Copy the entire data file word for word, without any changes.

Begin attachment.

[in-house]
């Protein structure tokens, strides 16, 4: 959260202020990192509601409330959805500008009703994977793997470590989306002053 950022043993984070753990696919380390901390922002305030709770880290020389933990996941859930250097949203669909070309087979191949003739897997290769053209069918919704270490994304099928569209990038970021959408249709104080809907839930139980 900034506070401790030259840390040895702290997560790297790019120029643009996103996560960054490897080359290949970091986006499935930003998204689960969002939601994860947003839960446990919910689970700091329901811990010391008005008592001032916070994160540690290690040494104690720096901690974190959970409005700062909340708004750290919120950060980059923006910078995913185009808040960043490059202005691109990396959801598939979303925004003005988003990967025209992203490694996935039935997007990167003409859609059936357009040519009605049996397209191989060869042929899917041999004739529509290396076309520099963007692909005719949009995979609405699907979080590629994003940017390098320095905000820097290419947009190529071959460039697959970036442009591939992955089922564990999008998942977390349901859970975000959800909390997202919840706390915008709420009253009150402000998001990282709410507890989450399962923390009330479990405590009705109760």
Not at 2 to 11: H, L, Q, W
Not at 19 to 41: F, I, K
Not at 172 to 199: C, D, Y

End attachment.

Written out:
[in-house]
């Protein structure tokens, strides 16, 4: 959260202020990192509601409330959805500008009703994977793997470590989306002053 950022043993984070753990696919380390901390922002305030709770880290020389933990996941859930250097949203669909070309087979191949003739897997290769053209069918919704270490994304099928569209990038970021959408249709104080809907839930139980 900034506070401790030259840390040895702290997560790297790019120029643009996103996560960054490897080359290949970091986006499935930003998204689960969002939601994860947003839960446990919910689970700091329901811990010391008005008592001032916070994160540690290690040494104690720096901690974190959970409005700062909340708004750290919120950060980059923006910078995913185009808040960043490059202005691109990396959801598939979303925004003005988003990967025209992203490694996935039935997007990167003409859609059936357009040519009605049996397209191989060869042929899917041999004739529509290396076309520099963007692909005719949009995979609405699907979080590629994003940017390098320095905000820097290419947009190529071959460039697959970036442009591939992955089922564990999008998942977390349901859970975000959800909390997202919840706390915008709420009253009150402000998001990282709410507890989450399962923390009330479990405590009705109760």
Not at 2 to 11: H, L, Q, W
Not at 19 to 41: F, I, K
Not at 172 to 199: C, D, Y